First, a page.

Researchers at Kenyon College looked at the clothing available for young girls — young kids, mind you, not adolescents — from fifteen popular U.S. clothing stores and examined the articles for sexualization. And, much to the horror of parents everywhere, they found that approximately one-third of the clothes available had "sexy" elements:
69 percent of the clothing had only childlike characteristics. Of the remaining 31 percent, 4 percent had only sexualized characteristics, 25 percent had both sexualizing and childlike features and 4 percent had neither sexualized nor childlike elements.
Sexualization occurred most frequently emphasizing the look of breasts, or attention to the buttocks, the researchers say.
"Confused parents might be persuaded to buy the leopard-print miniskirt if it's bright pink," the study authors say. "Clearly, sexiness is still visible beneath the bows or tie-dye colors."
But here's where I get confused, because how is this a bad thing? I know what you're thinking: "James, you're a gay man in his twenties. What would you know about children?" But rest assured, I fully understand that children — or, as I like to call them, "doggie upgrades" — are a beautiful miracle, like little dolls that walk and talk like fifty-year-old drunks, dolls you can dress up in the cutest outfits! And if I want little Desdemona or MadisonLinda (one word) or Fuschia to look just like Beyonce did in that Vogue photo shoot, I damn well need those hot pants available in the right size. I can't sexualize all these Garanimals onesies on my own!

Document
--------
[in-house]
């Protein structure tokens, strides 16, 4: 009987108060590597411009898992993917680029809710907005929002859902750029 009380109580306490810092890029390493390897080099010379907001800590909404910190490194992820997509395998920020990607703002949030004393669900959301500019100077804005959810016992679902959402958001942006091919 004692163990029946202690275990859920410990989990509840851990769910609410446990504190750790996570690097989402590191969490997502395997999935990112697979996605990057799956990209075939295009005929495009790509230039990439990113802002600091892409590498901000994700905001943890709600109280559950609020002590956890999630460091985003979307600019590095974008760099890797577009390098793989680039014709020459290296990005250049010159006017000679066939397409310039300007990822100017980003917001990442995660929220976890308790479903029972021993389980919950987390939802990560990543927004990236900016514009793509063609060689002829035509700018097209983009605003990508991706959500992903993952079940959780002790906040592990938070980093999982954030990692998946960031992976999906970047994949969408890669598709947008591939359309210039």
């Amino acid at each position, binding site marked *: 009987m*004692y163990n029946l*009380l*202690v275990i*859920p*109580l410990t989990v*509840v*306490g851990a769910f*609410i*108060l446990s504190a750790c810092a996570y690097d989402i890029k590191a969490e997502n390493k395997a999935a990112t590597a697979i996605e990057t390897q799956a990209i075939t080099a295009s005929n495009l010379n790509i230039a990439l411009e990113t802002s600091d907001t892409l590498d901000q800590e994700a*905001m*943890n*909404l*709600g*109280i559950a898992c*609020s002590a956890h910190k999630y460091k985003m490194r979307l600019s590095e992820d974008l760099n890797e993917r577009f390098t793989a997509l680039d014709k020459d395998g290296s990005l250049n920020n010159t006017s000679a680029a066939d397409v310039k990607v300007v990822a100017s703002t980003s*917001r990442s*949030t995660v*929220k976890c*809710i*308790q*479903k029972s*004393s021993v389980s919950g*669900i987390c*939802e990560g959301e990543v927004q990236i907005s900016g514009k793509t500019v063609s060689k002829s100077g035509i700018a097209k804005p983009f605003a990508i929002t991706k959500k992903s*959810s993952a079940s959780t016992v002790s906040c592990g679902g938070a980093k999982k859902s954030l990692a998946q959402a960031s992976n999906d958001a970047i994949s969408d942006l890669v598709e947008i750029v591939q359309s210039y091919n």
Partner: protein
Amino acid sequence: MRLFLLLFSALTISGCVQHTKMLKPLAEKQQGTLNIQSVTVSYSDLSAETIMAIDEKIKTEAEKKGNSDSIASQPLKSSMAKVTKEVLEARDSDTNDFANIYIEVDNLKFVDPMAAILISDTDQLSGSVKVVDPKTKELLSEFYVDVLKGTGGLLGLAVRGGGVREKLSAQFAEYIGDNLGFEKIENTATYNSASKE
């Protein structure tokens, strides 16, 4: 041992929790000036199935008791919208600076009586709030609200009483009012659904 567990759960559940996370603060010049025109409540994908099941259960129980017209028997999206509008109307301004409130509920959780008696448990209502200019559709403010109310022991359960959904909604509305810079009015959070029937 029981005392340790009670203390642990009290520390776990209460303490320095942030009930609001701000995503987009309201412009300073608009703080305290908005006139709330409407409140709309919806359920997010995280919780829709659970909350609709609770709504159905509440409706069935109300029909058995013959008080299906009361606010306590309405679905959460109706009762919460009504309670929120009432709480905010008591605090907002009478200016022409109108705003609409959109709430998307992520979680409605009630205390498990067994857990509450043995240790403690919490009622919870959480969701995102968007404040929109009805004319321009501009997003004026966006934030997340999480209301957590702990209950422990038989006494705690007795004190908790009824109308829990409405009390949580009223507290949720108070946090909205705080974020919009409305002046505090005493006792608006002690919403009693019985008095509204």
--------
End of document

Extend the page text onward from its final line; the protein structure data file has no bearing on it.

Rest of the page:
So thank you, large U.S. clothing distributors who emphasize the look of knockers on clothing meant for elementary-school girls everywhere. You're truly doing God's work. Or my work. Or something. Whatever, just get me a sequined Dora the Explorer tube top, stat.
[Above: Not in my house, modest layering!]